The Republicans had clearly forgotten who had just voted them into office. (Though it should be noted that Donald Trump strongly criticized Ryan Plan I, one of the few Republicans to do so.)
In 2012, Democrats all over the country ran against Ryan Plan I. Though deeply unpopular, Obama won an easy re-election over Romney-Ryan, carrying key swing states Florida, Ohio, Virginia, and Pennsylvania.
Ryan Plan I played a key role in helping the Democrats keep the Senate that year, with the GOP not gaining a single seat.
Today, I am amazed that House Republicans haven't given up on their political death wish.
Interestingly, Ryan Plan II accepts key parts of the Obamacare law that benefit the insurance industry. But it ends the Medicaid expansion program that benefits the poor and keeps costs down.
Instead, Ryan II forces poor individuals back into the private health insurance market with the help of tax credits. I wonder who that benefits?
According to the AARP, Ryan Plan II also cuts Medicare, a program Trump voters clearly want protected.
The CBO is estimating 14 million Americans will lose coverage compared to Obamacare.
This number may be inflated, but limiting Medicaid coverage for the poorest will most certainly leave millions without coverage.
The most significant problem is that Ryan Plan II doesn't fulfill Trump's own vision of universal healthcare while removing the onerous requirements of Obamacare.
Clearly, Trump has been acting in good faith, but he shouldn't trust House Republicans.
The president should be sticking to his guns on healthcare reform. He did so in the campaign, helping him win Democratic states like Wisconsin, Michigan, and Pennsylvania.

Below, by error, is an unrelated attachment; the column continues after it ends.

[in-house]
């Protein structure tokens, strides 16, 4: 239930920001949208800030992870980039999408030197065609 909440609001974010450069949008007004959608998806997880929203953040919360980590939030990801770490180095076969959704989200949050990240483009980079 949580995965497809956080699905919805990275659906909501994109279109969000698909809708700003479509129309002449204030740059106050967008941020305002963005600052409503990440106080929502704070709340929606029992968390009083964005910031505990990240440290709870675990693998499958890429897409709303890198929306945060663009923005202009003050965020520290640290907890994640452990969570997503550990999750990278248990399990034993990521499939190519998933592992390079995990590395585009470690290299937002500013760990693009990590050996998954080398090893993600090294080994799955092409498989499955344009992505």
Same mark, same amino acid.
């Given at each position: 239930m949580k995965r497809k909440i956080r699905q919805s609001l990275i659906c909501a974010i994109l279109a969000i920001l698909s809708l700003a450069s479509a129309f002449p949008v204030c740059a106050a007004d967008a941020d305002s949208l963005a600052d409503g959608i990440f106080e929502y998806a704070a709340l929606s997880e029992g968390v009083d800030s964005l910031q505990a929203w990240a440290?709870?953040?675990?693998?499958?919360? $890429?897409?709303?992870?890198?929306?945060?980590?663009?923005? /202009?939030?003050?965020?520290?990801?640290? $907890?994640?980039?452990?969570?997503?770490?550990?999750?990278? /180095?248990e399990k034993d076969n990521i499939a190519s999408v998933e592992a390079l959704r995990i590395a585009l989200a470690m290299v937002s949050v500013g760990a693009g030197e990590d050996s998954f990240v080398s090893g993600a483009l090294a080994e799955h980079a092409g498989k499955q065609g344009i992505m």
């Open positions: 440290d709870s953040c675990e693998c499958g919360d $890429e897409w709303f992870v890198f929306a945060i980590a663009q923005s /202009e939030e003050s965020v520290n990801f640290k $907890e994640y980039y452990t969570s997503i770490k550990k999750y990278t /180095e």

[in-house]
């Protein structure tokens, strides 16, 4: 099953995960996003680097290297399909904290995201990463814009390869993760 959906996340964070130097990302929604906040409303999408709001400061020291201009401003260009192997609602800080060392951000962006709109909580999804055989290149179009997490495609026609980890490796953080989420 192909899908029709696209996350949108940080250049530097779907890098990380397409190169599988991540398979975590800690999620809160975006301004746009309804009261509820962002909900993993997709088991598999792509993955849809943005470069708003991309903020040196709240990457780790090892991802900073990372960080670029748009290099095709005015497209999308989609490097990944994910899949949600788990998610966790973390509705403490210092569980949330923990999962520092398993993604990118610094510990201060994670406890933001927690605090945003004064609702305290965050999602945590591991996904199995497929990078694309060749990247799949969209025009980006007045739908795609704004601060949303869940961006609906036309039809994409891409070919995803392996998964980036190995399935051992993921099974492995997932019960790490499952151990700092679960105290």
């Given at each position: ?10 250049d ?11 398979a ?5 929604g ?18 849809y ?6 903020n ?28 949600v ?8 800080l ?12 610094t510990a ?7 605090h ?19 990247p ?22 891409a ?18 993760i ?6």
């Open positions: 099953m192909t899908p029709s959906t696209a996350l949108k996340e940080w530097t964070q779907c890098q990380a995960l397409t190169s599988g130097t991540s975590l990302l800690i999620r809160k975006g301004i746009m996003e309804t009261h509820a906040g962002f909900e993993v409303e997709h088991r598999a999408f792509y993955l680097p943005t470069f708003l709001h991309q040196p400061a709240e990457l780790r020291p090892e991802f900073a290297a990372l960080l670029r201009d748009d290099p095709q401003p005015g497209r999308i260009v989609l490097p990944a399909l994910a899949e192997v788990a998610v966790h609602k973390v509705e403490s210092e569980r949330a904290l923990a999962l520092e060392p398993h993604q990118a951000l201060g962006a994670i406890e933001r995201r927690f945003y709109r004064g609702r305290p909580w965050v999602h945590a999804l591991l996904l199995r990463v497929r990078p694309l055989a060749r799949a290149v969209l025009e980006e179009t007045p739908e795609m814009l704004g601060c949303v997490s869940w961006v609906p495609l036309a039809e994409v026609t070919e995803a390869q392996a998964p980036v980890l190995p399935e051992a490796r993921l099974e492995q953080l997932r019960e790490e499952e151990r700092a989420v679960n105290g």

Here is a game plan for Trump to regain the initiative:
- Ditch the Freedom Caucus and the handful of Senate Republicans who want a complete repeal of Obamacare. They don't agree with universal coverage and will never be placated.
- Find a few parts of Ryan Care II that can win passage in the House and Senate with either GOP support or bipartisan support. Declare victory.
- Rekindle the bipartisanship in Congress that Obama destroyed. Empanel a bipartisan committee to report back by year's end with a feasible plan to fix Obamacare.
- Reject the phony private health insurance market as the panacea. Look to an upgraded Medicaid system to become the country's blanket insurer for the uninsured.
- Tie Medicaid funding to states with the requirement each pass legislation to allow for a truly nationwide healthcare market.
- Get Democrats to agree to modest tort reform to help lower medical costs.
- While bolstering Medicare and improving Medicaid, get Republicans and Democrats to back the long-term fix of health savings accounts. This allows individuals to fund their own healthcare and even profit from it.
The clock is ticking for Trump's first 100 days.
It's difficult to imagine the House and Senate will soon pass a full Obamacare fix that controls costs while keeping universal coverage.
Trump won the presidency by trusting his own instincts and ignoring the GOP establishment, including its views on healthcare.
Donald Trump staked out the high moral ground by calling for a feasible system of universal healthcare to replace Obamacare.
He shouldn't retreat from that no matter how much the establishment GOP dislikes it.
Christopher Ruddy is CEO and editor of Newsmax Media Inc. Read more Christopher Ruddy Insider articles — Click Here Now.